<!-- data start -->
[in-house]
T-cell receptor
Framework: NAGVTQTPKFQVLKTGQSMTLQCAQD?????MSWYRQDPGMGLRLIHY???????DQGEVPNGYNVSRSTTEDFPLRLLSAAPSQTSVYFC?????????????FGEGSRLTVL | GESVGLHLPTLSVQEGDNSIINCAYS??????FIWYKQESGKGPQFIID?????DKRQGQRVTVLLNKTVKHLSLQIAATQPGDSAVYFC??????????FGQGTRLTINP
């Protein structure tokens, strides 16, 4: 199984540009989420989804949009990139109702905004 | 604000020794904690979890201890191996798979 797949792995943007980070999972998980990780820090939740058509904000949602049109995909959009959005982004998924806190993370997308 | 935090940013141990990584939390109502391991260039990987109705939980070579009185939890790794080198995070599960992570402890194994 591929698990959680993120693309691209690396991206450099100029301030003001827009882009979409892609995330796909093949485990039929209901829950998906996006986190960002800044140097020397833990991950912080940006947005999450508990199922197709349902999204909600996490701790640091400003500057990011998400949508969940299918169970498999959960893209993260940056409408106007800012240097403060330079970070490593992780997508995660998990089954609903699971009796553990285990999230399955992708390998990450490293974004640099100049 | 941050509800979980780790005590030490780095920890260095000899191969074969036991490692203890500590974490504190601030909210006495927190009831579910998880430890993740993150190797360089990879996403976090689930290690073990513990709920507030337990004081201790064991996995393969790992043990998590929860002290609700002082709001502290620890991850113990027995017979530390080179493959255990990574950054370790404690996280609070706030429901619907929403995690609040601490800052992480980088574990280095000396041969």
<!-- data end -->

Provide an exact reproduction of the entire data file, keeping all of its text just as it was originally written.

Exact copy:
[in-house]
T-cell receptor
Framework: NAGVTQTPKFQVLKTGQSMTLQCAQD?????MSWYRQDPGMGLRLIHY???????DQGEVPNGYNVSRSTTEDFPLRLLSAAPSQTSVYFC?????????????FGEGSRLTVL | GESVGLHLPTLSVQEGDNSIINCAYS??????FIWYKQESGKGPQFIID?????DKRQGQRVTVLLNKTVKHLSLQIAATQPGDSAVYFC??????????FGQGTRLTINP
């Protein structure tokens, strides 16, 4: 199984540009989420989804949009990139109702905004 | 604000020794904690979890201890191996798979 797949792995943007980070999972998980990780820090939740058509904000949602049109995909959009959005982004998924806190993370997308 | 935090940013141990990584939390109502391991260039990987109705939980070579009185939890790794080198995070599960992570402890194994 591929698990959680993120693309691209690396991206450099100029301030003001827009882009979409892609995330796909093949485990039929209901829950998906996006986190960002800044140097020397833990991950912080940006947005999450508990199922197709349902999204909600996490701790640091400003500057990011998400949508969940299918169970498999959960893209993260940056409408106007800012240097403060330079970070490593992780997508995660998990089954609903699971009796553990285990999230399955992708390998990450490293974004640099100049 | 941050509800979980780790005590030490780095920890260095000899191969074969036991490692203890500590974490504190601030909210006495927190009831579910998880430890993740993150190797360089990879996403976090689930290690073990513990709920507030337990004081201790064991996995393969790992043990998590929860002290609700002082709001502290620890991850113990027995017979530390080179493959255990990574950054370790404690996280609070706030429901619907929403995690609040601490800052992480980088574990280095000396041969």